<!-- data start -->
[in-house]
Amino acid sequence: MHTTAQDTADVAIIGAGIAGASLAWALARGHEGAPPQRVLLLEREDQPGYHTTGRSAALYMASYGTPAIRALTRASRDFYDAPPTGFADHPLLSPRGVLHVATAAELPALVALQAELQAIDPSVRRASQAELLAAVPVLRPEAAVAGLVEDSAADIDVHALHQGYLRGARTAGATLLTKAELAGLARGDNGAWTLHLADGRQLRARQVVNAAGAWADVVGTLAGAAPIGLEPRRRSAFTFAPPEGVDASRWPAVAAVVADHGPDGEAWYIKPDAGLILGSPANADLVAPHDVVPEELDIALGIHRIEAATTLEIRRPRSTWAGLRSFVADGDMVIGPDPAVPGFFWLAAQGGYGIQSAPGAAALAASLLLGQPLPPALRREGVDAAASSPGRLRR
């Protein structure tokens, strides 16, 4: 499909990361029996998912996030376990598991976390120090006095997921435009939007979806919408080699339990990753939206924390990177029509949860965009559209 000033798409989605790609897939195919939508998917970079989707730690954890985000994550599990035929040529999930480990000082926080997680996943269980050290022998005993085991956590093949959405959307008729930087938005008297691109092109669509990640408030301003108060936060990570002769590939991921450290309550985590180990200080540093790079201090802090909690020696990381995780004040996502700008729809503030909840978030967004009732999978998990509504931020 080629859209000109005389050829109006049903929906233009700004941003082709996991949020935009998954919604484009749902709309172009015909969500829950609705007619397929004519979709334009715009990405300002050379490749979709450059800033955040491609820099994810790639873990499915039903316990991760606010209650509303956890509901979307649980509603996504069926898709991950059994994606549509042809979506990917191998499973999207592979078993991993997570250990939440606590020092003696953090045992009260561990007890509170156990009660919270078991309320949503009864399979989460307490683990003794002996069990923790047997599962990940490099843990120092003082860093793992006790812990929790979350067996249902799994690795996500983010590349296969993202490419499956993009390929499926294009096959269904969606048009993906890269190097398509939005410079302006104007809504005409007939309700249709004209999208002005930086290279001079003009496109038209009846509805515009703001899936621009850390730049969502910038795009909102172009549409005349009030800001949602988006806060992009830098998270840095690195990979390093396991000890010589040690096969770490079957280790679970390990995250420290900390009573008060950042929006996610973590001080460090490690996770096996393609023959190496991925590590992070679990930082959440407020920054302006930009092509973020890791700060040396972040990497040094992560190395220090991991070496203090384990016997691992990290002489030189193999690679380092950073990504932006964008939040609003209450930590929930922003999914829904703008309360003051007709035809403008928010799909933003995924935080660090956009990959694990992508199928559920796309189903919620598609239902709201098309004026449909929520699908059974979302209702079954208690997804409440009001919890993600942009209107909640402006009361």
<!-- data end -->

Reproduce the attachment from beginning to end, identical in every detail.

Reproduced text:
[in-house]
Amino acid sequence: MHTTAQDTADVAIIGAGIAGASLAWALARGHEGAPPQRVLLLEREDQPGYHTTGRSAALYMASYGTPAIRALTRASRDFYDAPPTGFADHPLLSPRGVLHVATAAELPALVALQAELQAIDPSVRRASQAELLAAVPVLRPEAAVAGLVEDSAADIDVHALHQGYLRGARTAGATLLTKAELAGLARGDNGAWTLHLADGRQLRARQVVNAAGAWADVVGTLAGAAPIGLEPRRRSAFTFAPPEGVDASRWPAVAAVVADHGPDGEAWYIKPDAGLILGSPANADLVAPHDVVPEELDIALGIHRIEAATTLEIRRPRSTWAGLRSFVADGDMVIGPDPAVPGFFWLAAQGGYGIQSAPGAAALAASLLLGQPLPPALRREGVDAAASSPGRLRR
């Protein structure tokens, strides 16, 4: 499909990361029996998912996030376990598991976390120090006095997921435009939007979806919408080699339990990753939206924390990177029509949860965009559209 000033798409989605790609897939195919939508998917970079989707730690954890985000994550599990035929040529999930480990000082926080997680996943269980050290022998005993085991956590093949959405959307008729930087938005008297691109092109669509990640408030301003108060936060990570002769590939991921450290309550985590180990200080540093790079201090802090909690020696990381995780004040996502700008729809503030909840978030967004009732999978998990509504931020 080629859209000109005389050829109006049903929906233009700004941003082709996991949020935009998954919604484009749902709309172009015909969500829950609705007619397929004519979709334009715009990405300002050379490749979709450059800033955040491609820099994810790639873990499915039903316990991760606010209650509303956890509901979307649980509603996504069926898709991950059994994606549509042809979506990917191998499973999207592979078993991993997570250990939440606590020092003696953090045992009260561990007890509170156990009660919270078991309320949503009864399979989460307490683990003794002996069990923790047997599962990940490099843990120092003082860093793992006790812990929790979350067996249902799994690795996500983010590349296969993202490419499956993009390929499926294009096959269904969606048009993906890269190097398509939005410079302006104007809504005409007939309700249709004209999208002005930086290279001079003009496109038209009846509805515009703001899936621009850390730049969502910038795009909102172009549409005349009030800001949602988006806060992009830098998270840095690195990979390093396991000890010589040690096969770490079957280790679970390990995250420290900390009573008060950042929006996610973590001080460090490690996770096996393609023959190496991925590590992070679990930082959440407020920054302006930009092509973020890791700060040396972040990497040094992560190395220090991991070496203090384990016997691992990290002489030189193999690679380092950073990504932006964008939040609003209450930590929930922003999914829904703008309360003051007709035809403008928010799909933003995924935080660090956009990959694990992508199928559920796309189903919620598609239902709201098309004026449909929520699908059974979302209702079954208690997804409440009001919890993600942009209107909640402006009361």